The HTC U12+ might just be the least-hyped smartphone of the year. It arrives at the end of a long splurge of flagship announcements and without the fanfare, the glitz, or the glamour of many of its rivals. But the HTC U12+ is not to be trifled with; it’s a smartphone of surprising style and significance and, like the HTC U11 and HTC U11+ from last year, looks set to be a bit of an unsung hero.
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HTC U12+ review: Specifications, price and release date
6in, 18:9 Quad HD (2,880 x 1,440) super LCD 6 display
6GB of RAM
64/128GB UFS 2.1 storage with microSD card expansion
Dual rear cameras: 12MP, f/1.75; 16MP, f/2.6, 2x telephoto; OIS and EIS; laser and PDAF autofocus
Dual front cameras: 8MP x 2, f/2, portrait mode
IP68 dust and water resistance
Android 8 Oreo
Release date: Pre-orders from HTC.com from 22nd May
HTC U12+ review: Design and key features
So what happened to the HTC U12? No, you haven’t missed it. In fact, HTC is skipping its non-plus model entirely this year, instead focussing on releasing a single flagship. It says it doesn’t want people hanging on in the hope that a superior HTC phone is released later in the year.
Hence, the HTC U12+. And, no, there definitely isn’t going to be an HTC U12++ (or a U12.5 or a U12 Play or whatever). This is your HTC lot for 2018.
That dealt with, let’s move onto what makes this new smartphone tick, and the good news is that there’s no significant area where HTC falls behind this year. Last year’s U11 was a great phone, but its 16:9 screen meant it quickly looked out of date.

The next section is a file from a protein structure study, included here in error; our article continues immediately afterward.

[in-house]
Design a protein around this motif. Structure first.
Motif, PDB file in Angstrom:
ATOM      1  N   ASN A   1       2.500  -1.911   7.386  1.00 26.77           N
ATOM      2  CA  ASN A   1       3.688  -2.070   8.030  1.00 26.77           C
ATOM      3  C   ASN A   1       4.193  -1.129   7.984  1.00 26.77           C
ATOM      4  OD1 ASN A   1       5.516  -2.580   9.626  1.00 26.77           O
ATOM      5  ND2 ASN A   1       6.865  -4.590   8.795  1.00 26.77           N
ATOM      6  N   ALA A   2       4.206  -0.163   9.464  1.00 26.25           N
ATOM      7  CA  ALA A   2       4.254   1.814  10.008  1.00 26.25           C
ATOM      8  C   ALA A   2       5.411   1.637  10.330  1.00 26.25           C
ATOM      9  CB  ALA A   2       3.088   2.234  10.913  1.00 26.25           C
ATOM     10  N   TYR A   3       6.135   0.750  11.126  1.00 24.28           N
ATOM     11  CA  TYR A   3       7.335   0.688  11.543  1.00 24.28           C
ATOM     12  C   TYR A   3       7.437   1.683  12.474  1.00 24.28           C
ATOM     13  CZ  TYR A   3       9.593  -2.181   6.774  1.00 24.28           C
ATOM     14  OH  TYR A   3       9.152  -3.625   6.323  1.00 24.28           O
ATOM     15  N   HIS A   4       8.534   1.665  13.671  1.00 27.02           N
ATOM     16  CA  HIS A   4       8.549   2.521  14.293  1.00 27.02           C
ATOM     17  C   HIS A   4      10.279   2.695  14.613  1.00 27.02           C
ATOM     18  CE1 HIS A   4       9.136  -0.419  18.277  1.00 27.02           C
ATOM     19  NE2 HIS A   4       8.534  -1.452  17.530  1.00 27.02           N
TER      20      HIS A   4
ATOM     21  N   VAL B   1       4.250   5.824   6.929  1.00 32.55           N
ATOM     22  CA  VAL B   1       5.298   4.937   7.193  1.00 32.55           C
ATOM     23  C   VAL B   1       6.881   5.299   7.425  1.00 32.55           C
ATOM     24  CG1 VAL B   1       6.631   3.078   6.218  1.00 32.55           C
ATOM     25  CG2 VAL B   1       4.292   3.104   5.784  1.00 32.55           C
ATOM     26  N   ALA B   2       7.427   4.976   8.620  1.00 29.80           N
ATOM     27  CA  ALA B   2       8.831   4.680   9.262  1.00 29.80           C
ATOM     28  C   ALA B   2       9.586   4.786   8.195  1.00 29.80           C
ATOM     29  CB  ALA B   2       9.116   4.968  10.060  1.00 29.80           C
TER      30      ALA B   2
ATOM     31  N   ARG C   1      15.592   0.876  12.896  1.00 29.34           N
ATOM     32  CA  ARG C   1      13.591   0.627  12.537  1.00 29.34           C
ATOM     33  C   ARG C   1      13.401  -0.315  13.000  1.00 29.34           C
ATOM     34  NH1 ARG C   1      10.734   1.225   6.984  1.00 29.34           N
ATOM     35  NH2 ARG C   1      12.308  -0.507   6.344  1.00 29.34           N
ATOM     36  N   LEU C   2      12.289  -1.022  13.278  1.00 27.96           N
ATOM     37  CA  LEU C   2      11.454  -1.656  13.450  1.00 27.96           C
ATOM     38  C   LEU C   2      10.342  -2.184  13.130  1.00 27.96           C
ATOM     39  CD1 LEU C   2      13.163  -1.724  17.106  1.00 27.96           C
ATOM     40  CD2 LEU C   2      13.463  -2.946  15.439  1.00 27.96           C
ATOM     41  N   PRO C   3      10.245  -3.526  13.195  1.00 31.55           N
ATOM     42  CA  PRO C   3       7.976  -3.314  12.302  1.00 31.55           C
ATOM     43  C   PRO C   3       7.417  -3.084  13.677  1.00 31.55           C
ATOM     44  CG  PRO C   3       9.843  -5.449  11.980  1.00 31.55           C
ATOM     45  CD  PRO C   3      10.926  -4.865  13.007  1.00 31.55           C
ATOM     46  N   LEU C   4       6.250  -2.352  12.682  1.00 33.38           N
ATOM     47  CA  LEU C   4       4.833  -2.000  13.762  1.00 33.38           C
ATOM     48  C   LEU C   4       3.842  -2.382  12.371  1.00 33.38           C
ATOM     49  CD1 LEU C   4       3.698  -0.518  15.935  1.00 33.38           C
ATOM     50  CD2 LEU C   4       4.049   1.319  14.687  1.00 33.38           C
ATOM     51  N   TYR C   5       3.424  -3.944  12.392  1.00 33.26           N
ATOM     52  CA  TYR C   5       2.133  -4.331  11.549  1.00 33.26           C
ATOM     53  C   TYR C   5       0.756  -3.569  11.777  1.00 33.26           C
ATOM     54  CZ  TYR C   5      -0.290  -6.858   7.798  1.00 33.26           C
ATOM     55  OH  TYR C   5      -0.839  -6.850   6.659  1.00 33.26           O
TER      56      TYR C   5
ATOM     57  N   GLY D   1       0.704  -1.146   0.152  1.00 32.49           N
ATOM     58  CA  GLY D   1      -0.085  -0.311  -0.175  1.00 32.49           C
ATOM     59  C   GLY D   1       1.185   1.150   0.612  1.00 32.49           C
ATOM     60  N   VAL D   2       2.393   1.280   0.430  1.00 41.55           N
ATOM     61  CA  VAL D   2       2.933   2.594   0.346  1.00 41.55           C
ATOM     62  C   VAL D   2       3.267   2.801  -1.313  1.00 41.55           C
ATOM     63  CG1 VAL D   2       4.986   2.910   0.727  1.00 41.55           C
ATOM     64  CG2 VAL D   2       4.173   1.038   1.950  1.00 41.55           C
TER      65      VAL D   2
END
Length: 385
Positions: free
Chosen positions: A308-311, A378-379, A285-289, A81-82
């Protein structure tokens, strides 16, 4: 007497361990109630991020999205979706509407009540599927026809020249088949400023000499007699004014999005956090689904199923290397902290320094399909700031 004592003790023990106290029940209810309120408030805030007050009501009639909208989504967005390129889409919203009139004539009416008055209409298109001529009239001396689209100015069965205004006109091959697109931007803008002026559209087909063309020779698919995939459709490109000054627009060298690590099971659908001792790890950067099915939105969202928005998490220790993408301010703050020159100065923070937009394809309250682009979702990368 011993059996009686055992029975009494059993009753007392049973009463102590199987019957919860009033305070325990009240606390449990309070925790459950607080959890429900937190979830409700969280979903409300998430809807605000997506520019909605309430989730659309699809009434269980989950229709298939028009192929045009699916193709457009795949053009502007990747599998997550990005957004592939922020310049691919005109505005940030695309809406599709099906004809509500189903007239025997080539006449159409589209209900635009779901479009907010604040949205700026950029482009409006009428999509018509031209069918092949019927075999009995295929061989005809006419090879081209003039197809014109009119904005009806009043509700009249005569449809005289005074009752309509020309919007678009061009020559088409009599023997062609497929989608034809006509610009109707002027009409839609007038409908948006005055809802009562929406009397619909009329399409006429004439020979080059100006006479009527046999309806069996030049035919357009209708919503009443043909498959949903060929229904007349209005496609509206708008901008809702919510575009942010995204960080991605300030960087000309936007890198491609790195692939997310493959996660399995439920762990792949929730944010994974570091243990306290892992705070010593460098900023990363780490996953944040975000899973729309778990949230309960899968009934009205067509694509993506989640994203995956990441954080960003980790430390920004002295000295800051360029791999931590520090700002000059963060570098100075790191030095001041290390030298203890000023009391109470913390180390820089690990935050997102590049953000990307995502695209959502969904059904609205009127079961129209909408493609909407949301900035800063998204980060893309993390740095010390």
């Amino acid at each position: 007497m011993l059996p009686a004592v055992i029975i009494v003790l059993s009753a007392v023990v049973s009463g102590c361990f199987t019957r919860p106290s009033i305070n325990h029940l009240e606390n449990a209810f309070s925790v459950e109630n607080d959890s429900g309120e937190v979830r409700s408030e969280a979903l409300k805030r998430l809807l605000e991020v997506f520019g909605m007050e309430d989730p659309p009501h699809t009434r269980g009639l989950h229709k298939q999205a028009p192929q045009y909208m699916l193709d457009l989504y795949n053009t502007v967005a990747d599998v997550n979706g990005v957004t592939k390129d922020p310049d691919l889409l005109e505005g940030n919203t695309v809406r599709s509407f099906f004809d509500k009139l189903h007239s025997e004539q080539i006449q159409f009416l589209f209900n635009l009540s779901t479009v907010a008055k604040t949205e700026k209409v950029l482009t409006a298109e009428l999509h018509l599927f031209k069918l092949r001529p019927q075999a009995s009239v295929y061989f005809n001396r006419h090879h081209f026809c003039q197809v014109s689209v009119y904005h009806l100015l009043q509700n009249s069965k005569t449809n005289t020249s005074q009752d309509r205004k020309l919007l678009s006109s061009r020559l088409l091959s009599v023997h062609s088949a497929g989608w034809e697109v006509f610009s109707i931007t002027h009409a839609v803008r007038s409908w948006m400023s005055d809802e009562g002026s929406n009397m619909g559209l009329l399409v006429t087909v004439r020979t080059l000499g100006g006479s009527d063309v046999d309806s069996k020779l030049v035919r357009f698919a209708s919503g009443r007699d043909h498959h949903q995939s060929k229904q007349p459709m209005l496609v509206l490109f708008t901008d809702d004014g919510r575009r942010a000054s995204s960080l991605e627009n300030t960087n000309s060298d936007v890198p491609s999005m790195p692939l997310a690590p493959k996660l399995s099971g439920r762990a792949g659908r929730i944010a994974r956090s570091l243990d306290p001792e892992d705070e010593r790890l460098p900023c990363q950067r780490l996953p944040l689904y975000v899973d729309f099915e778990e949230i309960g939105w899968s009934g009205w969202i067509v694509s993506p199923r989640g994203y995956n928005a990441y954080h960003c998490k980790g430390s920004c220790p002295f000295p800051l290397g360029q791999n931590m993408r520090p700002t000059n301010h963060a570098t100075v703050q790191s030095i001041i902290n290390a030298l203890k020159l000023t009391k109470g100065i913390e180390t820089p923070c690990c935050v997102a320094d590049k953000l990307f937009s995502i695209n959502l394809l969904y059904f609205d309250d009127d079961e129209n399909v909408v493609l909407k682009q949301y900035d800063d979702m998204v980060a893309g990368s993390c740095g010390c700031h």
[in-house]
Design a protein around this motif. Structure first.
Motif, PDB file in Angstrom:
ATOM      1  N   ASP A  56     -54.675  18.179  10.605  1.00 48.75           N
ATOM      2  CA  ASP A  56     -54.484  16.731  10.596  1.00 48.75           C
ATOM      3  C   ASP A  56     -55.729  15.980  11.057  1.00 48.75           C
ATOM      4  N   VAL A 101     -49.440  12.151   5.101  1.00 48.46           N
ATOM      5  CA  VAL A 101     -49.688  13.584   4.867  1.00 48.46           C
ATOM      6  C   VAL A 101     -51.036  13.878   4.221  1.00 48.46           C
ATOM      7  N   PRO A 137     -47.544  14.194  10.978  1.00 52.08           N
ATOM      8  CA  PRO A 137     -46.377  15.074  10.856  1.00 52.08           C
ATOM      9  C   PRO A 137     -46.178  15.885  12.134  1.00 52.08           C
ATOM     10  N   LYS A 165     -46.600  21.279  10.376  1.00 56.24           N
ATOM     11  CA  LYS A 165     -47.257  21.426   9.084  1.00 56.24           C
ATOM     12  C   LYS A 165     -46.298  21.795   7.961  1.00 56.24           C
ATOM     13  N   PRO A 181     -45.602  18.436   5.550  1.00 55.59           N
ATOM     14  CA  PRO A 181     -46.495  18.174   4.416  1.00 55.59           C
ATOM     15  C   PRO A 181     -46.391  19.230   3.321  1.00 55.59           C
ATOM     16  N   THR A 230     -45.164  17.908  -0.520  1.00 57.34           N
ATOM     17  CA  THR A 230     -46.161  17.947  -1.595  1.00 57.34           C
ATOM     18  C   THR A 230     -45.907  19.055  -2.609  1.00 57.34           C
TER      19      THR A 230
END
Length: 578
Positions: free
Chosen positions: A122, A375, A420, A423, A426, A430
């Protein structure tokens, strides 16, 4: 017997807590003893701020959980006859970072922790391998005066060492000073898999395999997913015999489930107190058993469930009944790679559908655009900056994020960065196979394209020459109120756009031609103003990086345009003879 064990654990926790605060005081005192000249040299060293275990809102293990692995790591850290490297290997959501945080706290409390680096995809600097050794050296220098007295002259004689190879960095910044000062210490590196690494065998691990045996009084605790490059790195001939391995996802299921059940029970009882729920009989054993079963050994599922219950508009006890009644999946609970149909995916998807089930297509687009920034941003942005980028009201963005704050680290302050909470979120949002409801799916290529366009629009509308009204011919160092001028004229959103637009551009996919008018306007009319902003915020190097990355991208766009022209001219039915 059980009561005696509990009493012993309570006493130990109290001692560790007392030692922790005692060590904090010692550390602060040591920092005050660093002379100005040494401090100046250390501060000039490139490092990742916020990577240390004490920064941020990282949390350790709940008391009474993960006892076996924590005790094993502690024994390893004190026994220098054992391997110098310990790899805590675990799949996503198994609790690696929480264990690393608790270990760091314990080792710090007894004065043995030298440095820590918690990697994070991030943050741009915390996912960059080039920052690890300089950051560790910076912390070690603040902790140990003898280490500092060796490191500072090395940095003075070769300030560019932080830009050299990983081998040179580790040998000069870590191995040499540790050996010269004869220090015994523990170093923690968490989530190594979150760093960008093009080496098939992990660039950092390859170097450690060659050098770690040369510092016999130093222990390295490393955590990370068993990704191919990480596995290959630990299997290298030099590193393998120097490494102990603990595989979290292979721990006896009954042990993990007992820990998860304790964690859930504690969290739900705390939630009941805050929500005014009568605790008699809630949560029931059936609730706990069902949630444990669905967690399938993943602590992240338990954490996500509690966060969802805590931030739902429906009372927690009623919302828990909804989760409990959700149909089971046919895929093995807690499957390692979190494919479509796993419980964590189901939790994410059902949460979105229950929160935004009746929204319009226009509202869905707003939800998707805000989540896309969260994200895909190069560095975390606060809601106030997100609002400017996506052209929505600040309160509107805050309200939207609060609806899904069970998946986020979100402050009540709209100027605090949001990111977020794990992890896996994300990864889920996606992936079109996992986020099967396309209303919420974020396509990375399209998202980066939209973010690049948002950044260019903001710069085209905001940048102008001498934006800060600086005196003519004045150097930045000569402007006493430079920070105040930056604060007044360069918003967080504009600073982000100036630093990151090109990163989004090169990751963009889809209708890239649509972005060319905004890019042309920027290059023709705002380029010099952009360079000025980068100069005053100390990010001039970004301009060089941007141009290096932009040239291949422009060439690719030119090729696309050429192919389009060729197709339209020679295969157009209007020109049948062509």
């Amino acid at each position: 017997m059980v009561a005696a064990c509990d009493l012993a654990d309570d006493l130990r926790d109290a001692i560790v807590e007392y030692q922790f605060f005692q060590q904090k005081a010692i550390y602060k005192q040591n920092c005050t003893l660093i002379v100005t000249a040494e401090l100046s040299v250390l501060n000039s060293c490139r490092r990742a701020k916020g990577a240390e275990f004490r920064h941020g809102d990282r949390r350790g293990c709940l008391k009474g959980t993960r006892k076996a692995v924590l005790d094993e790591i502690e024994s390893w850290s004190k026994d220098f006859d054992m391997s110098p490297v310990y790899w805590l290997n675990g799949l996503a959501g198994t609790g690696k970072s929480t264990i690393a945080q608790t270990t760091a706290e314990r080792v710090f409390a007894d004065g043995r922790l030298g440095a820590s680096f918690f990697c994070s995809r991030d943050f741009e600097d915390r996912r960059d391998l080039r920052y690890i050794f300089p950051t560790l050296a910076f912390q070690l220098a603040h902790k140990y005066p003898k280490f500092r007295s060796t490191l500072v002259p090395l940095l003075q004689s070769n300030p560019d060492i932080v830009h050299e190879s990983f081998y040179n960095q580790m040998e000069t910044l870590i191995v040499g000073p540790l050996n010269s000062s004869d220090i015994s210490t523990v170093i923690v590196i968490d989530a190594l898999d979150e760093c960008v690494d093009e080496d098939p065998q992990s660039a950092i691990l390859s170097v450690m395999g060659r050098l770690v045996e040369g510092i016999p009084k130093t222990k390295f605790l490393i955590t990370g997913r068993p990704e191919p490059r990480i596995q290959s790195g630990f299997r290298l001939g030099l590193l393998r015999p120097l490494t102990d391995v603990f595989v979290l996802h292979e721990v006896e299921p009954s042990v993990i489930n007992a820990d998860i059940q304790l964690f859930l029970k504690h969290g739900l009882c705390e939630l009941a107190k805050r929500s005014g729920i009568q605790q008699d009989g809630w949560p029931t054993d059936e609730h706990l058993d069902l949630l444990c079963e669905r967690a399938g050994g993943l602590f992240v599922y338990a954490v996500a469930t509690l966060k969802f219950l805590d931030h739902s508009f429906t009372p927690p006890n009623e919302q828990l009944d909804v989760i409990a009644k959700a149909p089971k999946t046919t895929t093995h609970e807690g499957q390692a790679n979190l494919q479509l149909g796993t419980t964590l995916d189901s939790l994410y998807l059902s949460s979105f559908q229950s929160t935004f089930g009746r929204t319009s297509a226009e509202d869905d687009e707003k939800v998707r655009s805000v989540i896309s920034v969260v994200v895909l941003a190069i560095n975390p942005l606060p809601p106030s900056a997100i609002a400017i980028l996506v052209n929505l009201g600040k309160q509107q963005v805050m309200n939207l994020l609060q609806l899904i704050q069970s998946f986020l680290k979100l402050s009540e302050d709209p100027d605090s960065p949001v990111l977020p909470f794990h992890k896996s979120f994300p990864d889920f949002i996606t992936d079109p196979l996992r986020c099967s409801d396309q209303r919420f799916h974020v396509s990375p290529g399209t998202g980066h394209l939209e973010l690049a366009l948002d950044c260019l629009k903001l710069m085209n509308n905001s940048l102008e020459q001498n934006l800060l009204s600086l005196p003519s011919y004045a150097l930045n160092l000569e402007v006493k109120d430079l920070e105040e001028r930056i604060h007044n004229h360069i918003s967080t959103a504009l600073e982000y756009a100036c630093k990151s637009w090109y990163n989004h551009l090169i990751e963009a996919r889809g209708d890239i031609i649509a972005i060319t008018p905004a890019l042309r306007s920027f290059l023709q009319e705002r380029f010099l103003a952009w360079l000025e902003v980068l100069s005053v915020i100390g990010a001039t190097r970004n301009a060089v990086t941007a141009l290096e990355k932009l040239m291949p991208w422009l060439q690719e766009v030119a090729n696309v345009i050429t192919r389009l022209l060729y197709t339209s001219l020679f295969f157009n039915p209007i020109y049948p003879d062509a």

The HTC U12+, on the other hand, is everything a modern smartphone should be. It has a tall-narrow 6in, 18:9 quad-HD (1,440 x 2,880) screen that fills most of the body of the phone with barely any bezels to the left and right of the screen. There’s no notch, which will please the haters out there, and the phone has two front-facing cameras as well.
These 8-megapixel f/2 aperture cameras are used, like the rear cameras on the OnePlus 6, to add blurred backgrounds to selfies more accurately than would otherwise be possible with a single camera. It’s an interesting feature and one that HTC’s other flagship rivals have yet to add to their handsets.
Flip the phone over and things become slightly less interesting. The arrangement of the rear camera flash and fingerprint reader is a little ugly and awkward in my view – they’re spread across the back of phone and look a little thrown on – and there’s nothing, features wise, out of the ordinary. The rear panel is glass, just like pretty much every major range-topping smartphone today.
HTC rescues things, however, by ensuring the phone comes in some unusual and rather swanky-looking colours.
HTC’s “Ceramic Black” colour looks great, with a layered, silvery sheen. This adds an extra lustre missing from, for example, the Samsung Galaxy S9’s black variant. In an echo of last year’s stunning Solar Red, there’s now Flame Red, which veers attractively between purple and gold depending on how it catches the light.
And there’s also a translucent version in blue with a part of the rear panel revealing the circuit boards, ribbon cables and surface-mount components usually hidden beneath the surface. This model and ceramic black will available at launch; the flame red version will arrive later.
The phone also doesn’t pick up fingerprints as badly as the original U11 did last year. And, when it does, you can give it a quick wipe on your shirt to clean it up.
Finally, there’s IP68 dust- and water-resistance, bringing it level with most of its modern rivals. HTC’s famous “BoomSound” speakers are also improved and the firm has boosted 4G top speeds with support for up to 1.2Gbits/sec downloads – a notch faster than the OnePlus 6’ top speed of 1Gbits/sec. There’s still no 3.5mm headphones jack, though, which is a disappointment.
HTC U12+ review: Edge Sense 2